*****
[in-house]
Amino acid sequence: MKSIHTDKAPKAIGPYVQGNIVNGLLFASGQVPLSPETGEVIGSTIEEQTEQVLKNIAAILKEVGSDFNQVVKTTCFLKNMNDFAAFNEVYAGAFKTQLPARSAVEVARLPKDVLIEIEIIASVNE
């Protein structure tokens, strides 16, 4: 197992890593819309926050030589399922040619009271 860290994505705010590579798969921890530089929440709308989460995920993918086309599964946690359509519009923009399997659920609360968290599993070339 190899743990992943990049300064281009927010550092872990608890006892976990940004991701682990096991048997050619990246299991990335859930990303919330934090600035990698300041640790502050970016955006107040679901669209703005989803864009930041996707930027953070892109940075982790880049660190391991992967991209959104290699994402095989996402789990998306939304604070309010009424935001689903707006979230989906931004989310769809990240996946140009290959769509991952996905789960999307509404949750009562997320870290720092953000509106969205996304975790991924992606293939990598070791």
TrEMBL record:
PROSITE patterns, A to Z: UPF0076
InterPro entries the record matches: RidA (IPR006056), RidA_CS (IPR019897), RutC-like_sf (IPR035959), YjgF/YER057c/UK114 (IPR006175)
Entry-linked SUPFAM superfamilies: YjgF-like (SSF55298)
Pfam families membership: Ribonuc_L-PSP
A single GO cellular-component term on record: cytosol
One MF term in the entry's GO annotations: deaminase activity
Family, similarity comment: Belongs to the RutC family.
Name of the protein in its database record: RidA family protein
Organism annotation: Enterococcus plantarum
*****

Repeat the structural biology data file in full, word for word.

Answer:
[in-house]
Amino acid sequence: MKSIHTDKAPKAIGPYVQGNIVNGLLFASGQVPLSPETGEVIGSTIEEQTEQVLKNIAAILKEVGSDFNQVVKTTCFLKNMNDFAAFNEVYAGAFKTQLPARSAVEVARLPKDVLIEIEIIASVNE
């Protein structure tokens, strides 16, 4: 197992890593819309926050030589399922040619009271 860290994505705010590579798969921890530089929440709308989460995920993918086309599964946690359509519009923009399997659920609360968290599993070339 190899743990992943990049300064281009927010550092872990608890006892976990940004991701682990096991048997050619990246299991990335859930990303919330934090600035990698300041640790502050970016955006107040679901669209703005989803864009930041996707930027953070892109940075982790880049660190391991992967991209959104290699994402095989996402789990998306939304604070309010009424935001689903707006979230989906931004989310769809990240996946140009290959769509991952996905789960999307509404949750009562997320870290720092953000509106969205996304975790991924992606293939990598070791």
TrEMBL record:
PROSITE patterns, A to Z: UPF0076
InterPro entries the record matches: RidA (IPR006056), RidA_CS (IPR019897), RutC-like_sf (IPR035959), YjgF/YER057c/UK114 (IPR006175)
Entry-linked SUPFAM superfamilies: YjgF-like (SSF55298)
Pfam families membership: Ribonuc_L-PSP
A single GO cellular-component term on record: cytosol
One MF term in the entry's GO annotations: deaminase activity
Family, similarity comment: Belongs to the RutC family.
Name of the protein in its database record: RidA family protein
Organism annotation: Enterococcus plantarum